Communication is about how people exchange information and interact with one another. The theme of “Communication in History” promotes the exploration of such topics as literature, social movements, conflict, inventions, the role of media, and even works of artistic expression, just to name a few. While there are numerous national and international stories worth exploring, the of exchange of words, thoughts, and ideas has also been at the core of some monumental moments that happened right here in Connecticut.
Communication in Connecticut History
Connecticut has been a place rich in communication traditions, dating back to pre-European settlement, when Native Americans traversed the Connecticut River and other navigable waterways as a means to both provide for their families and communicate with nearby allies and enemies. These indigenous peoples needed to devise and adapt new strategies for communication when European settlers and explorers arrived in Connecticut in the 17th century.
As settlers strove to build a new nation in North America, access to reliable information became increasingly important. During the Revolutionary War, for instance, George Washington utilized a network of spies that included Nathan Hale and Caleb Brewster to send him vital communications about British troop movements. As the war worked its way south, Connecticut residents were kept apprised of important events by sharing stories in taverns, writing letters, and reading reports in such newspapers as the Connecticut Courant (which was operated by one of the nation’s first female publishers, Hannah Bunce Watson.)
Struggling with the concept of what it meant to be an independent nation, Americans benefited from several forces that helped them shape their own identity. Among these was the creation of a uniquely American language (partially forged by Noah Webster in his dictionary) and the creation of uniquely American cuisine (which Amelia Simmons fostered by writing the country’s first cookbook). Simultaneously, men such as Timothy Dwight, David Humphreys, and the remaining members of the literary group known as The Hartford Wits shared their thoughts through poetry and other writings that captured the collective imagination of the country.
Communication Needs Spark Innovation and Change
The technology required to improve upon communication in the decades and centuries that followed drove Connecticut to the forefront of some the world’s most important innovations. On January 28, 1878, the Boardman Building in New Haven became the site of the world’s first commercial telephone exchange. In 1892, the US government awarded a patent to George Blickensderfer for what many consider to be the country’s first truly portable typewriter. Connecticut was also at the center of the rise of amateur radio and other technologies that sought to improve on the way people communicated.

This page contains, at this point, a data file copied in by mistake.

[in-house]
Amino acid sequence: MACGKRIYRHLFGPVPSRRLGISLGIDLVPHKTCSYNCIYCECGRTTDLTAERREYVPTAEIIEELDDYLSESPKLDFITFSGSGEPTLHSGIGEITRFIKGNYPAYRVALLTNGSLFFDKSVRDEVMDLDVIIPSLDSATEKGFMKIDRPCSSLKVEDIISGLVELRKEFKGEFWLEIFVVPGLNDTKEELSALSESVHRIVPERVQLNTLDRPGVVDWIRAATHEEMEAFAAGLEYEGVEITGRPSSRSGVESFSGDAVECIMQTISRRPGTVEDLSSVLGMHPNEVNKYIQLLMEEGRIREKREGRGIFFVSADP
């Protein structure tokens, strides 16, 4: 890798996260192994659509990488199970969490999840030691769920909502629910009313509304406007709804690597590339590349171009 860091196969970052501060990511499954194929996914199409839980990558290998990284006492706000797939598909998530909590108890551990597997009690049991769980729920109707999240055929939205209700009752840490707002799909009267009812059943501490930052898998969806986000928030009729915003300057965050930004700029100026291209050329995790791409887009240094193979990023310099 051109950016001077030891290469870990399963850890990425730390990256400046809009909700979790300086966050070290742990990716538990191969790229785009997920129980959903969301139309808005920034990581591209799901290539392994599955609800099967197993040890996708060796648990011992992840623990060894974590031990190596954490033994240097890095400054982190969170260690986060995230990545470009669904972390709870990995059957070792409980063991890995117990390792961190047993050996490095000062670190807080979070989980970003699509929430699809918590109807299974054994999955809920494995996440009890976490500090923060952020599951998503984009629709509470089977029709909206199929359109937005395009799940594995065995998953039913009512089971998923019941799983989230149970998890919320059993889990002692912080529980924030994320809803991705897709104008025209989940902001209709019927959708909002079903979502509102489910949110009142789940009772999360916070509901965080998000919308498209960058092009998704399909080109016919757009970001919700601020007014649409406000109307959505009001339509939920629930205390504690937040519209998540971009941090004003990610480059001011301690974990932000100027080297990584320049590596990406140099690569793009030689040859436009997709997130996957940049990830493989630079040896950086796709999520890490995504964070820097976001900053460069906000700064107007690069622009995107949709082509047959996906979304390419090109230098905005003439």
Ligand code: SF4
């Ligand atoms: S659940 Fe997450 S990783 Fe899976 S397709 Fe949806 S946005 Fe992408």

The evolution of communication technologies inspired many of the world’s most influential writers to publish works that greatly influenced public sentiment. Jupiter Hammon, who endured life-long enslavement, became the first African American writer to be published in America when his 88-line poem, “An Evening Thought: Salvation by Christ with Penitential Cries”, was printed in Hartford in 1761. Nearly a century later, Connecticut authors such as Harriet Beecher Stowe and Mark Twain changed the way the world looked at issues such as slavery and greed–their works made possible, in part, thanks to Connecticut passing the nation’s first copyright law.
The history of communication is certainly not without its share of controversies, however, and Connecticut has not been immune to them. In 1969, Hartford high school students launched a highly publicized strike to protect their rights to free speech. Years earlier, local reporter Emile Gauvreau helped give rise to the controversial era of tabloid journalism. In the 1950s, FBI agents converged on Connecticut as Nation of Islam minister Malcolm X undertook a speaking tour at local universities.
Connecticut has even witnessed failures in communication lead to tragedy, demonstrated by the only four-train collision in American history; or when an exchange of taunts and threats led to the death of prominent African American artist Ellis Ruley; and the night a misread signal caused a passenger train to plunge into a Norwalk river. All of these stories represent just a small sample of the complicated aspects of communication that have swirled around the state over the centuries.
So whether you choose to focus on technology, social change, literature, tragedy, intrigue, or invention, Connecticut’s history provides numerous examples of stories to help you in your search for a local topic that addresses the many varied aspects of Communication in History.
We designed this Connecticut History Day page to help you find the perfect topic and connect you to the sources you need to get your project started. We will add new items and links as we get them, so be sure to check back often. In addition, if you have any questions, we’re here, just ask. Happy exploring!